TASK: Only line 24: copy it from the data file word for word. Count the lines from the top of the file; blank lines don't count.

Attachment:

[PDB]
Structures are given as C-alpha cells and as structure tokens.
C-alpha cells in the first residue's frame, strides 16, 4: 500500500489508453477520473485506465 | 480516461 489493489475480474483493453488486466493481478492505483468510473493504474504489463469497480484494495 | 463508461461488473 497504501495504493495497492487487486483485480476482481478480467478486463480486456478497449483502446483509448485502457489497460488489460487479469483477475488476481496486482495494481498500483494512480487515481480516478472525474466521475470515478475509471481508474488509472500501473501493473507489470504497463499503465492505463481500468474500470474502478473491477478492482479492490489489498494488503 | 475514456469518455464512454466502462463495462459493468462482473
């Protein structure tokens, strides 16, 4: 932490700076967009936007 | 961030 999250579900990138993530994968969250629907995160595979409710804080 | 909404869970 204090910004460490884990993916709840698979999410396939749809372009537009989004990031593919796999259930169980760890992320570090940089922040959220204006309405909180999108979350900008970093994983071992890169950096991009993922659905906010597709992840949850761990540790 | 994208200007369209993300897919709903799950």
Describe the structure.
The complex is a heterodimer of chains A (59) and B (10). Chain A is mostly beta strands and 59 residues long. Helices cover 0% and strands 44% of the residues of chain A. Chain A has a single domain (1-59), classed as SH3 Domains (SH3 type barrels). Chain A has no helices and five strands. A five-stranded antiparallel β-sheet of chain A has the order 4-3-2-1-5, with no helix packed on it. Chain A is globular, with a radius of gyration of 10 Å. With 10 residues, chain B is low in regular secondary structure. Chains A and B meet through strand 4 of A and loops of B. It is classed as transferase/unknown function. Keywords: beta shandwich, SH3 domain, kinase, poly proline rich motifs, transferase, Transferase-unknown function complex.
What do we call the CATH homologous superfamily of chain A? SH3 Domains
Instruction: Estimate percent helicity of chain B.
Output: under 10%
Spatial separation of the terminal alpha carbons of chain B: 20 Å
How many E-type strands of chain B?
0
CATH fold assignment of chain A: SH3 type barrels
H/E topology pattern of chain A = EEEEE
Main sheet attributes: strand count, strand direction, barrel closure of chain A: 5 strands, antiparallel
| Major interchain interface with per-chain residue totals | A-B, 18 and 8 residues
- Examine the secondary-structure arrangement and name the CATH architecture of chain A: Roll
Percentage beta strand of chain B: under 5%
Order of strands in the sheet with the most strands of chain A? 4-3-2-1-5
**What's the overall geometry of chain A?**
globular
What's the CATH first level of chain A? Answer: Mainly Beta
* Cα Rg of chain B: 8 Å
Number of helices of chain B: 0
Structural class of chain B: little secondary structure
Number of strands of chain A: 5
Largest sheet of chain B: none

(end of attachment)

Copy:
Number of helices of chain B: 0